Young, experienced Thunder might benefit from shortened season
If the 2011-12 NBA season is a shortened one, the Oklahoma City Thunder just might have all the ingredients to do some serious damage.
As if things weren't lining up perfectly already for a surging Thunder franchise, the prospects of a condensed calendar of games now could benefit Oklahoma City more than any other team in the league.
The Thunder has five factors in its favor in the event the current lockout threatens its 82-game schedule, which was released Tuesday: youth, experience, health, depth and continuity.
No other team has as much in reserve in all five of those categories as the Thunder. It has to be an extremely cozy spot for Thunder fans, the vast majority of which expect nothing short of an NBA Finals appearance next season.
Though there is still time for owners and players to hash out a new collective bargaining agreement to save the start of the season, all signs point to a rather lengthy labor dispute and, ultimately, lost games.
The last time the league experienced a lockout a deal wasn't reached until early January, costing the first 32 regular season games. A revamped 50-game schedule that began Feb. 5 then had to be filled with back-to-backs and even three games in three nights. It was a taxing task for every team.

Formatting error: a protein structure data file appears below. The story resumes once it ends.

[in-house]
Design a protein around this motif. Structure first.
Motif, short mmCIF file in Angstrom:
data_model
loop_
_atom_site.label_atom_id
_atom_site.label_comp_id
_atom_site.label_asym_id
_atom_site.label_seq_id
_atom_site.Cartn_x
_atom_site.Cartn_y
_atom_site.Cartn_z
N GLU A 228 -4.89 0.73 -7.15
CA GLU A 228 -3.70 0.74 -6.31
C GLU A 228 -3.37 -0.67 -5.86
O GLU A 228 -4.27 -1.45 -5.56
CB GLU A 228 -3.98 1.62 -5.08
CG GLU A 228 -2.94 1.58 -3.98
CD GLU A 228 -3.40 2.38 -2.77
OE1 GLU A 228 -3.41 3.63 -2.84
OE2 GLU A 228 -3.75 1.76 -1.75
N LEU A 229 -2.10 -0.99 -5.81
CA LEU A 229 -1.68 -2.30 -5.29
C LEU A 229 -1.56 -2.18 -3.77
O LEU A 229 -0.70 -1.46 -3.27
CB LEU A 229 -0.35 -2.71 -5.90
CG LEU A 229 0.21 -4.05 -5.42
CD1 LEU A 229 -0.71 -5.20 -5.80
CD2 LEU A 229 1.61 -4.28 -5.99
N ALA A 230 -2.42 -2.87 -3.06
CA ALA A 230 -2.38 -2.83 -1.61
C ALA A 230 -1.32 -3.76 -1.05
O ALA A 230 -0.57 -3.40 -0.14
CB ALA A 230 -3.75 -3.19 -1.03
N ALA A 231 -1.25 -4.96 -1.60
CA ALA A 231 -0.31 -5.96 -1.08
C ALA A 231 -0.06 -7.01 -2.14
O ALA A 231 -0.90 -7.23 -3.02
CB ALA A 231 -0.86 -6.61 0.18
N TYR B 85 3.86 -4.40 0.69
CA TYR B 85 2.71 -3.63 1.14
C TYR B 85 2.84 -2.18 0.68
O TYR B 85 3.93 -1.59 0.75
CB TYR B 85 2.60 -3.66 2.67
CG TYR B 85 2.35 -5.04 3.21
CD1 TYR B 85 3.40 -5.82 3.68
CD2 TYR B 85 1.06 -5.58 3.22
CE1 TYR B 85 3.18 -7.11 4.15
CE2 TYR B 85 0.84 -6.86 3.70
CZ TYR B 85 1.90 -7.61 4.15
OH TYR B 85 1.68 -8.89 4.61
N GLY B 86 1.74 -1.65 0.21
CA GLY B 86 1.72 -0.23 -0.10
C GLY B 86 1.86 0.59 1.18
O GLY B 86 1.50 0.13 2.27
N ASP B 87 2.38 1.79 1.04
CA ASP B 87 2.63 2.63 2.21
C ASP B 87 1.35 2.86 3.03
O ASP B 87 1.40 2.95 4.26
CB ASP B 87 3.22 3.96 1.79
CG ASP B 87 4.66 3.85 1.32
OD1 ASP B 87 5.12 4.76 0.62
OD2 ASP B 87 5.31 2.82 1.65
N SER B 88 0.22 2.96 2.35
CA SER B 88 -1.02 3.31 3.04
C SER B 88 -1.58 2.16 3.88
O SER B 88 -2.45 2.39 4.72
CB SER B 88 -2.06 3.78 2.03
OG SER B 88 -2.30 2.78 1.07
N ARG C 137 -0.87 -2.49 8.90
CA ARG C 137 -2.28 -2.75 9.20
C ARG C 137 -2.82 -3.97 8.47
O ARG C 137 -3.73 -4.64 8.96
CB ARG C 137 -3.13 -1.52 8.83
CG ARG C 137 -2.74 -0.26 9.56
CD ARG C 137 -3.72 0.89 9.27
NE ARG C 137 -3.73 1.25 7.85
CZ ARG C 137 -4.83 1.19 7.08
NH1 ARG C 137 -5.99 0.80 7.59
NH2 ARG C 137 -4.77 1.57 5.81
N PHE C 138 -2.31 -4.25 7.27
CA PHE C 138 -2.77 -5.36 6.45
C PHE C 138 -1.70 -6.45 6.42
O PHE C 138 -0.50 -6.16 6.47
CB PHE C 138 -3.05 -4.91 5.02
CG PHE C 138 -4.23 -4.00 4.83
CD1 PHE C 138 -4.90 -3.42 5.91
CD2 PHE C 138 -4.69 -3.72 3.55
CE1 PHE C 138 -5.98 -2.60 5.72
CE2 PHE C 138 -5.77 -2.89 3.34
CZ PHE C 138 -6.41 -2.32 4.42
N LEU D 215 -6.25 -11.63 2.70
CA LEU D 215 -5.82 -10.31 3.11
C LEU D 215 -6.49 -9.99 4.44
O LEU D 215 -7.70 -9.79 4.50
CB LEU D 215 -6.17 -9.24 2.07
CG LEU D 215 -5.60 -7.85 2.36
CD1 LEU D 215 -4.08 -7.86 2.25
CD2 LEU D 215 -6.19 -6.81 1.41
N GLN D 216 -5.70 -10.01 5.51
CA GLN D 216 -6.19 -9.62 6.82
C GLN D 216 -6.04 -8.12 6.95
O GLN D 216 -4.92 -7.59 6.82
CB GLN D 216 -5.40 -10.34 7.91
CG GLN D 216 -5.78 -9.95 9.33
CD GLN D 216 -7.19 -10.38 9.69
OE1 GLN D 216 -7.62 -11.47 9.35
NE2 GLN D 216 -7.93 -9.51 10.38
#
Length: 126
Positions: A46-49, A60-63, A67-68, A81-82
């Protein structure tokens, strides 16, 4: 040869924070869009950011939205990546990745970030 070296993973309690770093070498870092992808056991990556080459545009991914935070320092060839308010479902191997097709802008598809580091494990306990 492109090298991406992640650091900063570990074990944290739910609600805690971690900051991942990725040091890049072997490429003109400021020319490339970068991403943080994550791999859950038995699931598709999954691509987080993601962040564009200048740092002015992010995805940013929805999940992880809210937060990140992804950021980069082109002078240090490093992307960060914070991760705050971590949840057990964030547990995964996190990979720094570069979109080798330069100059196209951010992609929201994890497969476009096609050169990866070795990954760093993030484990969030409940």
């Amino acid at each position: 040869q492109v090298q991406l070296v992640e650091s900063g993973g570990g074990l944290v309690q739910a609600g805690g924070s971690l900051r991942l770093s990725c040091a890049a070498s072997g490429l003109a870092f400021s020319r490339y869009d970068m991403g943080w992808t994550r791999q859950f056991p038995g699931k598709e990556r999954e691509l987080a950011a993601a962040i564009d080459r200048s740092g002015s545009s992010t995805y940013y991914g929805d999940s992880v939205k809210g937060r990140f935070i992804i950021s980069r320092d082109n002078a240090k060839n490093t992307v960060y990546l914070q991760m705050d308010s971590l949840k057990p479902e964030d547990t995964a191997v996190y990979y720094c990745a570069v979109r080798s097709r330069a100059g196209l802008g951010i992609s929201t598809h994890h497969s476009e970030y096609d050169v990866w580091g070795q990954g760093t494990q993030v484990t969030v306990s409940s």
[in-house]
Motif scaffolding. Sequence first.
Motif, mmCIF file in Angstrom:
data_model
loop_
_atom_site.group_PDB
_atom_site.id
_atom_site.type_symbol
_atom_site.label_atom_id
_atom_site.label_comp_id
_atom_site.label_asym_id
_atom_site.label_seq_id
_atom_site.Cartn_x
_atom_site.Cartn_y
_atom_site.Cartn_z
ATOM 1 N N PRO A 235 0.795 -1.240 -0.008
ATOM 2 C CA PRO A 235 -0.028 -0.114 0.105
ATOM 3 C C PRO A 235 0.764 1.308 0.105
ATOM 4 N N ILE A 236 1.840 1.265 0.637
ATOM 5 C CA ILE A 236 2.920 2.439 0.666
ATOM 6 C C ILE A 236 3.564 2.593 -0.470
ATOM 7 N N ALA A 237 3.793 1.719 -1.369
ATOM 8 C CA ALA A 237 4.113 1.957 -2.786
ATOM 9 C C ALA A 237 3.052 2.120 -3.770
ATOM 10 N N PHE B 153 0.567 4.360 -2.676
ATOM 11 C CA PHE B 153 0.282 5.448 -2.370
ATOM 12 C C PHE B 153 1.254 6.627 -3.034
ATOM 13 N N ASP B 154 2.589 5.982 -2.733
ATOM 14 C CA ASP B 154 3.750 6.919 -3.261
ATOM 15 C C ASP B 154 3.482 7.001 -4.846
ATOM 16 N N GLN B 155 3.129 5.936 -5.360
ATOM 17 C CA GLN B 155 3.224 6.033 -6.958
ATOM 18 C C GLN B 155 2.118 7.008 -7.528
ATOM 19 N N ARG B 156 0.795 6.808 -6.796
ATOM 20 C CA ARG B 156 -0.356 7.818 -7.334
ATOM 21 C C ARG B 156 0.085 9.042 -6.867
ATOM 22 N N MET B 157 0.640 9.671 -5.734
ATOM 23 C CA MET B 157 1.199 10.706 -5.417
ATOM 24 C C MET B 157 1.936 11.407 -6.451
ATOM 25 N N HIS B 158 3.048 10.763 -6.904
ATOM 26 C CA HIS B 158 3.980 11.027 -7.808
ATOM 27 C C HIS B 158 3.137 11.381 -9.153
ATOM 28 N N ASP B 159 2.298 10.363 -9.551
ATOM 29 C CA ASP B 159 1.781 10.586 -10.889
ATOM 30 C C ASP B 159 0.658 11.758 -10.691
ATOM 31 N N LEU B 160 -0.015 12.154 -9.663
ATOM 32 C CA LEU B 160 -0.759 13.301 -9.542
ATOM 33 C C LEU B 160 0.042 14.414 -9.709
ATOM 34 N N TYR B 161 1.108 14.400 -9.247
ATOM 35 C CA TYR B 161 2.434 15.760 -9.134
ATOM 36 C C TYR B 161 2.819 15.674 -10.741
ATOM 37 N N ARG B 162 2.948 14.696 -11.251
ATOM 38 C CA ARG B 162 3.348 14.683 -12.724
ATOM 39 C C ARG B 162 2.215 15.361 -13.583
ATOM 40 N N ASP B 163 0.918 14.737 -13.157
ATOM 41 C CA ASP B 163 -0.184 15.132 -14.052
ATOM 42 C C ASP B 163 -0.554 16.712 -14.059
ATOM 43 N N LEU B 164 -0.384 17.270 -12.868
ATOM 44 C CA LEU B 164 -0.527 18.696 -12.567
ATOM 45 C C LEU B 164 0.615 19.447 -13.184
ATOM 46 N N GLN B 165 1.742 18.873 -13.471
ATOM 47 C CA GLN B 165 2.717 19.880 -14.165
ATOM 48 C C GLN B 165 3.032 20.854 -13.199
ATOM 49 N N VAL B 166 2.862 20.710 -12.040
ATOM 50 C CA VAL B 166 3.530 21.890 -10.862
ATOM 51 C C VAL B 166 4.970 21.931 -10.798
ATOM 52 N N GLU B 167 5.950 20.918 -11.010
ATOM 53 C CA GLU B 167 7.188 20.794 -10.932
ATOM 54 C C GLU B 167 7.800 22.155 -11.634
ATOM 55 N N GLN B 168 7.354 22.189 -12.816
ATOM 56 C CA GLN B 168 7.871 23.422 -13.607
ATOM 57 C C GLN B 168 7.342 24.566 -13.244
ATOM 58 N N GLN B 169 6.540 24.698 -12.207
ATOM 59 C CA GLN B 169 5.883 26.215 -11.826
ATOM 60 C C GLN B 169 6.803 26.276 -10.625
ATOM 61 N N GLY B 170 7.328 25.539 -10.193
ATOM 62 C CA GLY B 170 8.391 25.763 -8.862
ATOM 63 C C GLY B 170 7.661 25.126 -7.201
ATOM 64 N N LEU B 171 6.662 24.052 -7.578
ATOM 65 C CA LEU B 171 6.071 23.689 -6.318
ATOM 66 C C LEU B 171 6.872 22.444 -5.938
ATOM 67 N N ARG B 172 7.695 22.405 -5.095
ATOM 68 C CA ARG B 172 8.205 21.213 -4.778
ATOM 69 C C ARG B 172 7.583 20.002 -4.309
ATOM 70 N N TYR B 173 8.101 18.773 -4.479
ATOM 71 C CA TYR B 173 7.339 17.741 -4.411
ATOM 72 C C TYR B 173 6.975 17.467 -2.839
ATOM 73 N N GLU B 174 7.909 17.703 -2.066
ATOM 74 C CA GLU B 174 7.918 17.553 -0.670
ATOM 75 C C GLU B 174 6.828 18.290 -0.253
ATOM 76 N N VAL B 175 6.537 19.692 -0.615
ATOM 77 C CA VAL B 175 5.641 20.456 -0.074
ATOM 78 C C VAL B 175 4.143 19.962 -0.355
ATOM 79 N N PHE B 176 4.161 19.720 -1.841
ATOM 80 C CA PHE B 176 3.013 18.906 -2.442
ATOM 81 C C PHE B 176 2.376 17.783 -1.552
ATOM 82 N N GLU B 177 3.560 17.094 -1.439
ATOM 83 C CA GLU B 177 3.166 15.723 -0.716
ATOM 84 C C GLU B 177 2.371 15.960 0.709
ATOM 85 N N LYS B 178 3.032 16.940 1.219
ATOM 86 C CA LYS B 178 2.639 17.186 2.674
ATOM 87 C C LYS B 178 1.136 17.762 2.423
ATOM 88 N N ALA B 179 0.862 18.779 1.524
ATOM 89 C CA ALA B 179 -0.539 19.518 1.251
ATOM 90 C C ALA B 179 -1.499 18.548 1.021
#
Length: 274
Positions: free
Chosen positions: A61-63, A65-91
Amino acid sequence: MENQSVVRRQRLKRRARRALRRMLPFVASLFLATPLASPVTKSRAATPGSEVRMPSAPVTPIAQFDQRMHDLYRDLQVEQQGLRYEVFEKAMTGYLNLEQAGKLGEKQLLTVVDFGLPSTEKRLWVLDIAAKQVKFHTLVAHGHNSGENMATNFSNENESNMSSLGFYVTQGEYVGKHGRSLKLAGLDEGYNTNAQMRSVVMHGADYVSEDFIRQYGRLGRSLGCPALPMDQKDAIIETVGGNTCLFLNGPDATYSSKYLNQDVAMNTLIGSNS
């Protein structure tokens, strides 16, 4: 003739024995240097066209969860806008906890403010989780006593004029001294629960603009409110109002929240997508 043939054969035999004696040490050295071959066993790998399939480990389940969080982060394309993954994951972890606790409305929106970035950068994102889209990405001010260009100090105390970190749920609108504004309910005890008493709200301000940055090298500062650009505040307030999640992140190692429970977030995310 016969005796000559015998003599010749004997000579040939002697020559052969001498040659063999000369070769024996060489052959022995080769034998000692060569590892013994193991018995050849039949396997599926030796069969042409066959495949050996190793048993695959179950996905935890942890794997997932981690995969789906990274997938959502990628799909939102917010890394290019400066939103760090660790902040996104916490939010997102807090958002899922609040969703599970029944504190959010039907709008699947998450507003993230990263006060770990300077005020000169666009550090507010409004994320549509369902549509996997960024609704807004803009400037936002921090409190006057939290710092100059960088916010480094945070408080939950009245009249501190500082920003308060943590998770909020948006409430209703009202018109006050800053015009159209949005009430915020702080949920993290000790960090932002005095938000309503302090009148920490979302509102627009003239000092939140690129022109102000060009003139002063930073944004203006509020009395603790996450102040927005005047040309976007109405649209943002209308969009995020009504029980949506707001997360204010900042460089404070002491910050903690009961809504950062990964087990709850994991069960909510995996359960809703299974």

But the Thunder could very well plow through a similar schedule to that 1999 season.
It was San Antonio that did so that year, winning a league-best 37 games before earning its first NBA title. The Spurs made history with a mix of young and old, resiliency during the toughest stretches, a string of good health and roster continuity that is not much different from the Thunder's current core.
San Antonio's core of David Robinson, Tim Duncan, Avery Johnson, Sean Elliott, Jaren Jackson and Will Perdue played together the previous season, leading the Spurs to 56 wins. The Spurs' top 10 players in minutes that season all played at least 44 games. Robinson was the only regular starter to miss a game. And the Spurs went 18-8 in their 13 back-to-backs. They had two sets of triple-headers, or back-to-back-to-backs, winning the third game of each of those sets to bump their record to 20-8 in all back-to-backs.